Our new exhibit — Hard Work: Connecticut’s Laborers in the Industrial Age

Farrel Company workers, undated

 

This exhibit shows scenes of Connecticut’s workers doing Hard Work. Capital H, Capital W.  The kind of work where you surely need the brains but if you ain’t got the brawn it’s not gonna happen.  And we’ve got plenty of photographs in our business collections showing the men and women in the state in various depictions of work where some of the main job requirements are muscle and sweat.  I’m sure tears were there somewhere but the photographs don’t really show that.

In the late 19th and early 20th century — a time period in America known for big industry — Connecticut was one of the major players, producing brass, iron, steel, tools, textiles and more for the state, the country, and the world.  These products didn’t just happen.  It took a workforce of thousands, many of them new immigrants who flocked to Connecticut for these types of jobs, to produce, to make, to build, and to work.

The exhibit is currently up in the Dodd Research Center Gallery until the end of the year.  I’ll show photographs from the exhibit periodically through the next three months but if you can stop by (the building is open Mondays through Fridays, 8:30a.m. to 4:30p.m.) you’ll see them all in one fell swoop.

Tracking Down the Goods sold on Main Street USA

 

Kirin J. Makker is an Assistant Professor of Architectural Studies at Hobart William Smith Colleges in Geneva, New York, and the recipient of a 2014 Strochlitz Travel Grant.  Travel Grants are awarded bi-annually to scholars and students to support their travel to and research in Archives and Special Collections.  Part of the following essay also draws on materials at Winterthur Library, where this year Dr. Makker is also being supported by a National Endowment for the Humanities residential fellowship. To learn more about the book she is working on, please go here.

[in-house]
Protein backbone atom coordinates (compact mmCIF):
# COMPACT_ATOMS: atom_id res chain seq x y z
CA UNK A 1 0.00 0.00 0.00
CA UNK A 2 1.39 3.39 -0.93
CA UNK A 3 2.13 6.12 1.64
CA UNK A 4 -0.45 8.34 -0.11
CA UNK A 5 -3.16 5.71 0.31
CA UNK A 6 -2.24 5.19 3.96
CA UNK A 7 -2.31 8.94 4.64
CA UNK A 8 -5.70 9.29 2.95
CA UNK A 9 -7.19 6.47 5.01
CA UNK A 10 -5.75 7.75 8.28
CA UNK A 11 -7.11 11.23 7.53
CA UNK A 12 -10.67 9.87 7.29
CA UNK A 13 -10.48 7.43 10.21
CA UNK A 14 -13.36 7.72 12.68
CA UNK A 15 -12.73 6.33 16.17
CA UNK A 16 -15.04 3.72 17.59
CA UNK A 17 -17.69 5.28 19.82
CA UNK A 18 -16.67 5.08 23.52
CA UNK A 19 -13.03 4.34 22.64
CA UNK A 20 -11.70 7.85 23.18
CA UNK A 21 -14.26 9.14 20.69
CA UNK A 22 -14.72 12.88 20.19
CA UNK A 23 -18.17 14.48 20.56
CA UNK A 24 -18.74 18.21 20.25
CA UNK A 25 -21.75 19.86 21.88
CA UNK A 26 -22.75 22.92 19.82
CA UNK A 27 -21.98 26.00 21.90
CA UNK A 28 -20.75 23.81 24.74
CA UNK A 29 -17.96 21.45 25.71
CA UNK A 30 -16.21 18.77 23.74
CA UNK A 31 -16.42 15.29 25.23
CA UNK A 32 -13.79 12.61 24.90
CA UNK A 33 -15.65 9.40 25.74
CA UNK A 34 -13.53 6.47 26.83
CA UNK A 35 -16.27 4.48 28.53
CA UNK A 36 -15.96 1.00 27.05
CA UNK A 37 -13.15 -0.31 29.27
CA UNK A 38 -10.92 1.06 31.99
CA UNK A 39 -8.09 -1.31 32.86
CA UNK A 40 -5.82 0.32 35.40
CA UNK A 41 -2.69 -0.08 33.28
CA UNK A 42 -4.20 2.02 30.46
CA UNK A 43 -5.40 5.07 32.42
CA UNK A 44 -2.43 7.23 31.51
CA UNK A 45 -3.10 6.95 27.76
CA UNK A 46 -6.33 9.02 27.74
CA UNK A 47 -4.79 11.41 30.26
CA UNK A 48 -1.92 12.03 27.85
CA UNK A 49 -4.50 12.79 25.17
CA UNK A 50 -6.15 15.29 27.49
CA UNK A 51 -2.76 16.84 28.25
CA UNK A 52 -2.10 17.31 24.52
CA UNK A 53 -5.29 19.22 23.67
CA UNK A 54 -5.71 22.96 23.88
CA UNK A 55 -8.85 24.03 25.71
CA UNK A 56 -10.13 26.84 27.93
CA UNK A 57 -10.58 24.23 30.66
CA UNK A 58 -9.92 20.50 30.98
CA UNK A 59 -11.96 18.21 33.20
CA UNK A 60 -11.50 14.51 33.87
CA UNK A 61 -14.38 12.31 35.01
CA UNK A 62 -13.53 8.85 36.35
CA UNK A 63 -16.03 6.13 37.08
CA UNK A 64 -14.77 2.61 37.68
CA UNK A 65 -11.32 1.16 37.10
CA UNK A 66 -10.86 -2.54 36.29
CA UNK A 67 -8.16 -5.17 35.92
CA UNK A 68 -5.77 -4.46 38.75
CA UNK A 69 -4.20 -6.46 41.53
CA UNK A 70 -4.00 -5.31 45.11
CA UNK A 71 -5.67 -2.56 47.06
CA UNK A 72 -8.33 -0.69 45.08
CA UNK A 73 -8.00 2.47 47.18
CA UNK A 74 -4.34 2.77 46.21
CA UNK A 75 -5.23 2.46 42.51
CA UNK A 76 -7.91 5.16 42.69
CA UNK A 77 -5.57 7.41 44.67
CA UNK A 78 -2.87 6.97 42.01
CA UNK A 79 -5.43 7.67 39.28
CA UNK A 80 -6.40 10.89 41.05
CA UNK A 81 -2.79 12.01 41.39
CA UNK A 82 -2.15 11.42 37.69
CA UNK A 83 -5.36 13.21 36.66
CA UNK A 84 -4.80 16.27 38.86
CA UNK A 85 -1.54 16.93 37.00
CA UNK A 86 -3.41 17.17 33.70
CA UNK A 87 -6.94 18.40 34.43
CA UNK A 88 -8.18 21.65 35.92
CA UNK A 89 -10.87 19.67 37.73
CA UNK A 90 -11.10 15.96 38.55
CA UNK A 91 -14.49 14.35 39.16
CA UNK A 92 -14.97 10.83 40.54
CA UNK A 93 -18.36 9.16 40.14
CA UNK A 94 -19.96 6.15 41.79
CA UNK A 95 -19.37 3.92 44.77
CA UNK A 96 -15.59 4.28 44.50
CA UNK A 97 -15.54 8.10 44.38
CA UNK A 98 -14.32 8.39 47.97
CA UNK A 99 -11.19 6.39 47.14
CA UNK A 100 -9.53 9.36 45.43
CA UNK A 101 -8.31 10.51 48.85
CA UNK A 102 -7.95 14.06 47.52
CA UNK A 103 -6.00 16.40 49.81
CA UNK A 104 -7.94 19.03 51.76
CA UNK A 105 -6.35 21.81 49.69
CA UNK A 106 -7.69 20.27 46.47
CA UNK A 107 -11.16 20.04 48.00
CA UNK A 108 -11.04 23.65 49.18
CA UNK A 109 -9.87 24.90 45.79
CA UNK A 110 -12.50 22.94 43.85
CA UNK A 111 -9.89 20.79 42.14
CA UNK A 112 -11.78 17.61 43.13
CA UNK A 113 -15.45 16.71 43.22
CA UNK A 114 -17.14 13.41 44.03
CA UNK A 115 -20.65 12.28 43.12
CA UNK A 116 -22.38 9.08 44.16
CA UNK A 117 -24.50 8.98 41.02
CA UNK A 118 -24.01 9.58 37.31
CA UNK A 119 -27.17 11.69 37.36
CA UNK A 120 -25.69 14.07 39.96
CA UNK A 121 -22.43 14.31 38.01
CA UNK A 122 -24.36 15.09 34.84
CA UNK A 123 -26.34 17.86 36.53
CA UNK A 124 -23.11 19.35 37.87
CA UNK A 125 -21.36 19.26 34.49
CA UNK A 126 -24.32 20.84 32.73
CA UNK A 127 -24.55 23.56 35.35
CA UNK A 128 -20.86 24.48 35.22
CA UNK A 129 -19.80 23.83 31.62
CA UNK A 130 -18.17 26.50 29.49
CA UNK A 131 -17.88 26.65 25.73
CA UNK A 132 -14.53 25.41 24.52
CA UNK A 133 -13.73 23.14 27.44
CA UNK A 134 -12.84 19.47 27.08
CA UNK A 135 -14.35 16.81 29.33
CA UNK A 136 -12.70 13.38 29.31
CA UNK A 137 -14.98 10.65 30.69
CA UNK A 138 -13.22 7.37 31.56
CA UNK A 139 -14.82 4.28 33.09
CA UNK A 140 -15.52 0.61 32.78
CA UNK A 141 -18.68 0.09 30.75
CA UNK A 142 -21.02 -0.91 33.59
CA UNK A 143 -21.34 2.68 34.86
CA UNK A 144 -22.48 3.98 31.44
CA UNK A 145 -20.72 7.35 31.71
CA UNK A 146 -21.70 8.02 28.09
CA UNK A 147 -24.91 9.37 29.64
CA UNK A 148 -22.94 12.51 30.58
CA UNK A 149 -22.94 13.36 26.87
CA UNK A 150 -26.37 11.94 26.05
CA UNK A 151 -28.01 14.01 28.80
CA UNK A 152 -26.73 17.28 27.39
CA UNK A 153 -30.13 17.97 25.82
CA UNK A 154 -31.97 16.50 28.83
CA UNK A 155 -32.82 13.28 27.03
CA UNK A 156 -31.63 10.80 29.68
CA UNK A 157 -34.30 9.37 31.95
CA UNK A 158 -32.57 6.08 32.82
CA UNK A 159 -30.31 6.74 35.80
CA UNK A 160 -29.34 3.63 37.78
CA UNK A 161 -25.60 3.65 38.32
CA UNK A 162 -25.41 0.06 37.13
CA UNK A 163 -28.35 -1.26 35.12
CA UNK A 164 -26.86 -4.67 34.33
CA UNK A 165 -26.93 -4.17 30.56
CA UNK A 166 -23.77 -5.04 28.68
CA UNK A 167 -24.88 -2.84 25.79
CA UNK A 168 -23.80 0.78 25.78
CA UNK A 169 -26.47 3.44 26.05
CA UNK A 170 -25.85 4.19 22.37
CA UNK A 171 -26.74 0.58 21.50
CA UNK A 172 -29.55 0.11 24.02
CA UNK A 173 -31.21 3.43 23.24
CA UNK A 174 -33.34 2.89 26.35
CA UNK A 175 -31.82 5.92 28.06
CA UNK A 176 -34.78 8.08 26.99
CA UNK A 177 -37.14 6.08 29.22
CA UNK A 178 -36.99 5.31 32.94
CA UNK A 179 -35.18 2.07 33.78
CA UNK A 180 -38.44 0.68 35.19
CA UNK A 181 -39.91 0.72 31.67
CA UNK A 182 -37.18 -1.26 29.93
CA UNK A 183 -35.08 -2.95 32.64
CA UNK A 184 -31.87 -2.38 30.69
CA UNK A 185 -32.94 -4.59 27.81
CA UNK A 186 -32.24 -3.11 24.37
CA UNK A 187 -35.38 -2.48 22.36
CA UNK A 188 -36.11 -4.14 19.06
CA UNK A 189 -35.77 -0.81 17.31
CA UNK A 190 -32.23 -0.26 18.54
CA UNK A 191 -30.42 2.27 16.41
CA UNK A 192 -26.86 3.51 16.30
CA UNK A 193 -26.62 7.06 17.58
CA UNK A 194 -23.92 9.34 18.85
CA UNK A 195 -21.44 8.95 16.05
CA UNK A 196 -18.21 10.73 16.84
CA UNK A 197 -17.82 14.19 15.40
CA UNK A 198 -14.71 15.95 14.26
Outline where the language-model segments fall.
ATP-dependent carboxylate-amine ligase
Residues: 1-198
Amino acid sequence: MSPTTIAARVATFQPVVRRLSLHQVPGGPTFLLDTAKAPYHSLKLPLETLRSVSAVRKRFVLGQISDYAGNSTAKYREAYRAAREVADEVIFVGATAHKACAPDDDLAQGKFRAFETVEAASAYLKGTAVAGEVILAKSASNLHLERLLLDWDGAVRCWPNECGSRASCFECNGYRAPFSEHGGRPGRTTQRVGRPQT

I went to Archives & Special Collections of the University of Connecticut Libraries to spend a couple of days sifting through the records of the E. Ingraham Company.  I’m working on a book about the history of small town development when it boomed around 1900 and a major part of my research methodology involves following the trail of company goods right at the moment big capitalism really spread its wings (see blog The Myths of Main Street).  My hope is to track where a handful of companies sold their goods in order to describe a product’s national distribution, and hence its availability across small town America.  I have found, and my research will argue, that one of the reasons that small town America is such a consistent idea in the nation’s cultural language is that the goods exchanged there had both local and national parameters. Some of this research has had to do with companies that literally produced small town America:  the storefronts, the brick-making machinery, the lamp posts.  But other parts of the research is about the everyday objects that were sold in small towns, and how most of them during the period of small town America’s boom were not made locally or even regionally.  The retailers were locals, but the items for sale on Main Street were typically sourced from manufactories or large distributors in cities.